GPS Review: TomTom GO 300
The TomTom GO 300 is a well regarded automotive GPS navigation device that has gotten accolades in the US and in Europe for its design and its functionality. Recently AOL's MapQuest selected TomTom and the TomTom GO 300 for a rebranding under the MapQuest name (see our article from September 28th), with Austin Klahn CTO of MapQuest saying, "We believe [TomTom] offers the latest technology and the best consumer experience in personal navigation devices in the marketplace today." Pretty big vote of confidence there.
The TomTom GO 300 GPS is a solid GPS for the car that offers a full array of vehicle-navigation features, including a 12-channel GPS receiver and integrated antenna, voice-guided driving directions, a huge points-of-interest (POI) database, an address book, and detailed maps of the entire United States, which come preloaded on a 1GB SD card; you can also upload Canadian maps from the included CD.
Voice Prompting - "Which way Mr. Cleese?"
All new TomTom GO products sold in 2005 model year are available to download TomTom Plus features. This Plus feature set includes the ability to download various voices to the TomTom GO 300, including one of John Cleese, or a NYC cabbie, or "The Don" which sounds a bit like Tony Soprano. These are all optional for a small fee.
If you are one of the few out there who have Bluetooth enabled GPRS mobile phone (compatibility listing at the TomTom site) , you should be able to do a lot with the TomTom GO 300. So what? Well the TomTom GO can access the rest of the TomTom Plus services through that phone - like real time traffic updates, and weather updates.
Like most car GPS devices, the TomTom GO 300 can calculate routing based on sets of criteria that you get to configure. Fastest, shortest, highway, back roads, etc. This is pretty straight forward, but the sophistication can come in handy when you are bringing addresses in from your address book or the POI list and setting up a route that covers several stops. The TomTom GO 300 will compute the best route, and give you an estimated time to run the whole route and to the next stop. These routes can be edited and saved for future use.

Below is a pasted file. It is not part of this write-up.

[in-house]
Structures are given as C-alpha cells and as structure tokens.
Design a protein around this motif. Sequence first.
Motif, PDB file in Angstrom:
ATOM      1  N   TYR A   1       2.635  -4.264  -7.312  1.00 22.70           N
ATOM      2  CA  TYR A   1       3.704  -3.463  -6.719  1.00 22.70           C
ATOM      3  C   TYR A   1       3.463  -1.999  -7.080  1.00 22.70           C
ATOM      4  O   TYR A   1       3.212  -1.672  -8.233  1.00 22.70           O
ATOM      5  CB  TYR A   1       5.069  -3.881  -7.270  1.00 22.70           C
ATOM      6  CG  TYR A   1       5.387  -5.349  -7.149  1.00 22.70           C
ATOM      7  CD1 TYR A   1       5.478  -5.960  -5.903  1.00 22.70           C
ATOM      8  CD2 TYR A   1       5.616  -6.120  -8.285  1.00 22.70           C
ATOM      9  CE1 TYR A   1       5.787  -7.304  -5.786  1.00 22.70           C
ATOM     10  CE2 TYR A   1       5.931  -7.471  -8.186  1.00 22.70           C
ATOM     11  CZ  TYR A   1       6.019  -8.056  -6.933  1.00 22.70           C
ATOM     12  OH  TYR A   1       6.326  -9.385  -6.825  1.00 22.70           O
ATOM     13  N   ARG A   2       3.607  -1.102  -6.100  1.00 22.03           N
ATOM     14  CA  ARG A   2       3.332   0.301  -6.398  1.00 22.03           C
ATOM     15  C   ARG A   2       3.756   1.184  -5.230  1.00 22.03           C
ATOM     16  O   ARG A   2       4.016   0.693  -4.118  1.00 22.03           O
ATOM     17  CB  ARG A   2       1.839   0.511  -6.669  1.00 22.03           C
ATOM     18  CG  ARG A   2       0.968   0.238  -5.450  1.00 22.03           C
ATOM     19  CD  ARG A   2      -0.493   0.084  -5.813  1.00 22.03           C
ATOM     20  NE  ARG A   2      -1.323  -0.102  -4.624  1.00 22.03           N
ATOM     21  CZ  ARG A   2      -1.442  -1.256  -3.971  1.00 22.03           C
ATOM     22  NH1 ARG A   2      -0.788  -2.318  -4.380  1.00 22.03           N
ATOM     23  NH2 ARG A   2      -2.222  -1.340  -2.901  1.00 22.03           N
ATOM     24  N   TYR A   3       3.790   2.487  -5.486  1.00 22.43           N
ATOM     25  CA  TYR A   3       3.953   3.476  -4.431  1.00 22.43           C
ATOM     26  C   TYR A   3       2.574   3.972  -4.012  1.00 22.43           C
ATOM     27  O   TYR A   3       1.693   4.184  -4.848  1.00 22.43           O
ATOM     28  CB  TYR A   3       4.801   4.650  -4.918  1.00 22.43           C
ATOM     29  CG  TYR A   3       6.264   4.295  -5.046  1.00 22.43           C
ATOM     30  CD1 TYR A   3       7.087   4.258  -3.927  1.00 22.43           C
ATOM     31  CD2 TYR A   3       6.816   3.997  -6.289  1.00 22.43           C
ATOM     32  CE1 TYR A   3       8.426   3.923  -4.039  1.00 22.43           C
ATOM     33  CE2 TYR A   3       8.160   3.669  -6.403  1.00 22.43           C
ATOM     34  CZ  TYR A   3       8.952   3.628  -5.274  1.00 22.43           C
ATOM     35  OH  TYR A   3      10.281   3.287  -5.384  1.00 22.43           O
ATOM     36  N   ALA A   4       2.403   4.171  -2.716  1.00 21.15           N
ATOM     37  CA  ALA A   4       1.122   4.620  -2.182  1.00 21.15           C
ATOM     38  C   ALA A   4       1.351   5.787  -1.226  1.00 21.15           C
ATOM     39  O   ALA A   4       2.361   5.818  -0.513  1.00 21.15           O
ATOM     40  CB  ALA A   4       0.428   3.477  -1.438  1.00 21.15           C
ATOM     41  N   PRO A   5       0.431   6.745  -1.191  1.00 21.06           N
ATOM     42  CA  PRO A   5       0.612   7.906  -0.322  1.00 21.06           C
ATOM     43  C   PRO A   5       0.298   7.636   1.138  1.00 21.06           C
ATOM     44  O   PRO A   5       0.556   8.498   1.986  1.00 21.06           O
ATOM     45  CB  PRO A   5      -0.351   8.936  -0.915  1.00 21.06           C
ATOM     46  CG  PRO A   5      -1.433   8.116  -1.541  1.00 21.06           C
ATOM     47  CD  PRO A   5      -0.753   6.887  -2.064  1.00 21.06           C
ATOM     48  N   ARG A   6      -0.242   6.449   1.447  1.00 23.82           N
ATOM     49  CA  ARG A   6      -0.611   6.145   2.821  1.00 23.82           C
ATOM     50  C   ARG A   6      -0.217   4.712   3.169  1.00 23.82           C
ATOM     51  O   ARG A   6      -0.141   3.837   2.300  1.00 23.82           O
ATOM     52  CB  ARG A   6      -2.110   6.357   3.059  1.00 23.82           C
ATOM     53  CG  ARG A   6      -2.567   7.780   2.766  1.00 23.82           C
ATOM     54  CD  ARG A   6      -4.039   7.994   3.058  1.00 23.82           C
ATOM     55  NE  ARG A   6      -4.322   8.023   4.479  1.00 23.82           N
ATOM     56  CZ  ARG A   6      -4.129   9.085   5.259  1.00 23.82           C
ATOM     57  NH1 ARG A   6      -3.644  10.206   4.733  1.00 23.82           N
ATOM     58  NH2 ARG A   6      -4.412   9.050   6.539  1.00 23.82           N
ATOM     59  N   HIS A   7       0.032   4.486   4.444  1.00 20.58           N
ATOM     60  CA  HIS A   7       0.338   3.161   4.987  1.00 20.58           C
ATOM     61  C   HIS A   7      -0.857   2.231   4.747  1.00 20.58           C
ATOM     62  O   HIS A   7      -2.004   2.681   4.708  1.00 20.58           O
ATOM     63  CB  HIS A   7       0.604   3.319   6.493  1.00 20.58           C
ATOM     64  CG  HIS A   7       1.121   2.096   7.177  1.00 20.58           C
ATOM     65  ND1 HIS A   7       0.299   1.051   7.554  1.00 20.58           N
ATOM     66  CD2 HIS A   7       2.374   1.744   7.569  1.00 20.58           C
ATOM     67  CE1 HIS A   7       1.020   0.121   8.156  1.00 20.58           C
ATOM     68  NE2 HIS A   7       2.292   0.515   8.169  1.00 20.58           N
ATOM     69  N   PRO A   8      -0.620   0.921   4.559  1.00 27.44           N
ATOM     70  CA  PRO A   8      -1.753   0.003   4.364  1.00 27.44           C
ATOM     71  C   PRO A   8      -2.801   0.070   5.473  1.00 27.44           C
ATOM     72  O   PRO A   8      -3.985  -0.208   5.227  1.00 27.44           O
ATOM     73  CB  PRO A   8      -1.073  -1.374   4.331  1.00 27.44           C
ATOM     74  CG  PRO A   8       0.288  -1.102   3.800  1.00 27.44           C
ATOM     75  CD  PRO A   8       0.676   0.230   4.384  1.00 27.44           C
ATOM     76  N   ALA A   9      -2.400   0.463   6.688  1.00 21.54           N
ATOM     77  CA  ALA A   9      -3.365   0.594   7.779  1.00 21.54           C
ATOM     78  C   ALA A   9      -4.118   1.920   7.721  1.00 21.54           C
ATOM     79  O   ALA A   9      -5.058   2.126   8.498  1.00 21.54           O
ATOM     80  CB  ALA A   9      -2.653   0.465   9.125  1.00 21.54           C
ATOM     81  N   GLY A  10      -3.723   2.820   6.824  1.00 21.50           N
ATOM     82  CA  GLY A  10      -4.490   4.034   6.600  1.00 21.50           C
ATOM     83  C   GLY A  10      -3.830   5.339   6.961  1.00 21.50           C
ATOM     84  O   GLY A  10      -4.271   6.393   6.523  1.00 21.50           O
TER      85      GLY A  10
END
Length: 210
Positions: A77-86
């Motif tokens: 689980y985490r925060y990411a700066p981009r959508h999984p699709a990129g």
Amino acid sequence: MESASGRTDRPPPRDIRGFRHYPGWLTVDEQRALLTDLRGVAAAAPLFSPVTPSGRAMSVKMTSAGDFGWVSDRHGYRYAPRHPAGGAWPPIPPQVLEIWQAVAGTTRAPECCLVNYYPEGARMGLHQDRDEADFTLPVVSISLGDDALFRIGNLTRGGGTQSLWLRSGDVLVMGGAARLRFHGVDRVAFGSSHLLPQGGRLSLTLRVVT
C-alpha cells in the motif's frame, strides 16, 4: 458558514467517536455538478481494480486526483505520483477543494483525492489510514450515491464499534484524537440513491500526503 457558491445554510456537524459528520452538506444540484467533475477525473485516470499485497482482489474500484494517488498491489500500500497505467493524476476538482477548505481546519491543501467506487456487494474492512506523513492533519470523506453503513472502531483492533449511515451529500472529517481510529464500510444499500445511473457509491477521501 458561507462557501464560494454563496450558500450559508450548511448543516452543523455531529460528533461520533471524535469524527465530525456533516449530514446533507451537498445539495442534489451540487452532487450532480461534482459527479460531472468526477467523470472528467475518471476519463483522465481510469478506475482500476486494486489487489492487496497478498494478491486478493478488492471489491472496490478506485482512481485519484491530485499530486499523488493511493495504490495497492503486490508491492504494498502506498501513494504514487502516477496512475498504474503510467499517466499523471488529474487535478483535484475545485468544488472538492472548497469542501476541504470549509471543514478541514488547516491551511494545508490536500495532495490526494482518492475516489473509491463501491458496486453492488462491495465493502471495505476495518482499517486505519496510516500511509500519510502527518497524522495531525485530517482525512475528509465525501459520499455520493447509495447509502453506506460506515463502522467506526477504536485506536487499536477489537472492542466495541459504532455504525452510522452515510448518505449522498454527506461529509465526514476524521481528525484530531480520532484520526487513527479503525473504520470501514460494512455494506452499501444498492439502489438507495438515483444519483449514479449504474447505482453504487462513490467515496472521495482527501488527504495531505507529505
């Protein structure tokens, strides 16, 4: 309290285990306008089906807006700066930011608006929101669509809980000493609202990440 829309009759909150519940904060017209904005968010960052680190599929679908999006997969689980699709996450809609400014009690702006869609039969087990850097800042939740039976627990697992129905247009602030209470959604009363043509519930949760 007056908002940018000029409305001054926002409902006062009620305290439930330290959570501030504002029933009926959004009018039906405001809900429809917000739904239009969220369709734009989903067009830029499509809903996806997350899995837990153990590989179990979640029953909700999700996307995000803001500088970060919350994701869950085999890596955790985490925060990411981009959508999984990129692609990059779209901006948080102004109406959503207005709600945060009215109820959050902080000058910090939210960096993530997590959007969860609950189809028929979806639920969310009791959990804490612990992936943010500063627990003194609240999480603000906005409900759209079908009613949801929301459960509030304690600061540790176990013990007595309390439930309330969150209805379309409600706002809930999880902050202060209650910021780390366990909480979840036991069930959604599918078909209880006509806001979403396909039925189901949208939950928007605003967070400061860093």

A couple of knocks on the device is that the POI database does not have banks or ATM's or phone numbers for POI's, another is that the map database and system does not always display the names of roads when needed.
Tech Specs include:
* 200 Mhz ARM920T processor
* 32 MB RAM
* SD Card for map storage
* 320 x 240 x 4096 colors 3.5" TFT screen
* Internal Li-Ion battery
* 4.5" x 3.6" x 2.3", 11 oz.
* 12 channel All-in-View integrated GPS receiver
* Internal antenna and support for (optional) active external antenna
The device comes with a 12-v power cord, an AC adapter, a USB cable, mounting hardware (windshield), a quick-start guide and an installation cd with a user manual.
Compare it vs.:
Garmin StreetPilot c330 or the
Magellan RoadMate 300
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Posted by Scott Martin at October 13, 2005 9:12 PM